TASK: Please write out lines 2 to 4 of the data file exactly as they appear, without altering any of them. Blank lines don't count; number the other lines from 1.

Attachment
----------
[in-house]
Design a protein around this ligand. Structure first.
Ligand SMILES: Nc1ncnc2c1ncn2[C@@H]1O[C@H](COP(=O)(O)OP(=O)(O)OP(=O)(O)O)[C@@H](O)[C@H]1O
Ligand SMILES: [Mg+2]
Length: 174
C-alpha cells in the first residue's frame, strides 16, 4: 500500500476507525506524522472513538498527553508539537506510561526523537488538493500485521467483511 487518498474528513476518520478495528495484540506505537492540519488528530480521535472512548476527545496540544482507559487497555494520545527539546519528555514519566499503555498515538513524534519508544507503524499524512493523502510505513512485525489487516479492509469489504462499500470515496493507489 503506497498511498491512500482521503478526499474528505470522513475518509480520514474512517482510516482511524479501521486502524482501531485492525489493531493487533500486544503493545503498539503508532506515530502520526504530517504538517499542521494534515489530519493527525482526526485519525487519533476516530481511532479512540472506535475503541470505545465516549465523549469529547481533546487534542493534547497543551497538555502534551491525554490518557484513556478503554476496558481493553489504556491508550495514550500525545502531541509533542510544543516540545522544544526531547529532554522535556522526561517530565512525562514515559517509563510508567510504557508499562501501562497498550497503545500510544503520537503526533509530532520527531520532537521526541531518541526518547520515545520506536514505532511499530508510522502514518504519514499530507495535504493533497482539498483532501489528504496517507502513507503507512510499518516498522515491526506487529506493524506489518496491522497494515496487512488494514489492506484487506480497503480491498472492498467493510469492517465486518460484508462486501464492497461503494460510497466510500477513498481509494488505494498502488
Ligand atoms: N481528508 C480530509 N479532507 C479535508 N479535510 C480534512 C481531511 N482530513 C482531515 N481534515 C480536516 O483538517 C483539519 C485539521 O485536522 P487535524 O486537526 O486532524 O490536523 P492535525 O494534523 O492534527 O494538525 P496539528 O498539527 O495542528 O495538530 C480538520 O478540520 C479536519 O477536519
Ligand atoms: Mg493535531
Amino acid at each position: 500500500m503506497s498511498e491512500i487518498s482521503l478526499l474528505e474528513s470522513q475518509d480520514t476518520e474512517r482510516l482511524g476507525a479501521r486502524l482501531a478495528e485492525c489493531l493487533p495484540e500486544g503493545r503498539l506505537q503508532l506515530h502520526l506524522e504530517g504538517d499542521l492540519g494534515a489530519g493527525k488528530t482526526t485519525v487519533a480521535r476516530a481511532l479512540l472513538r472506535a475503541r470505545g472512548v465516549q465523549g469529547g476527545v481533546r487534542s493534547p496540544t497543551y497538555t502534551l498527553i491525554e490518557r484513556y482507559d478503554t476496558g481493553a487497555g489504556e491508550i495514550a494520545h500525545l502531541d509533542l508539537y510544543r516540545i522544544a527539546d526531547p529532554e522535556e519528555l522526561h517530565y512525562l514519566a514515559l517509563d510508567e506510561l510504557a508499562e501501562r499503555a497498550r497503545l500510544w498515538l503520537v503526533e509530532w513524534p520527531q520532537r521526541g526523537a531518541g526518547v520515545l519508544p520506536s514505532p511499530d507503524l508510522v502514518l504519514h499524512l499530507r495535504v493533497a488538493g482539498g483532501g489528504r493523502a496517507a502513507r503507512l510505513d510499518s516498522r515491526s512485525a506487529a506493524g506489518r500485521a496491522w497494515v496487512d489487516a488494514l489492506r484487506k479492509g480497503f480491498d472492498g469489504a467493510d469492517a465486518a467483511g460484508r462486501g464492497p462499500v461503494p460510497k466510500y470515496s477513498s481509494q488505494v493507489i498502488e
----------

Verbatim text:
Design a protein around this ligand. Structure first.
Ligand SMILES: Nc1ncnc2c1ncn2[C@@H]1O[C@H](COP(=O)(O)OP(=O)(O)OP(=O)(O)O)[C@@H](O)[C@H]1O
Ligand SMILES: [Mg+2]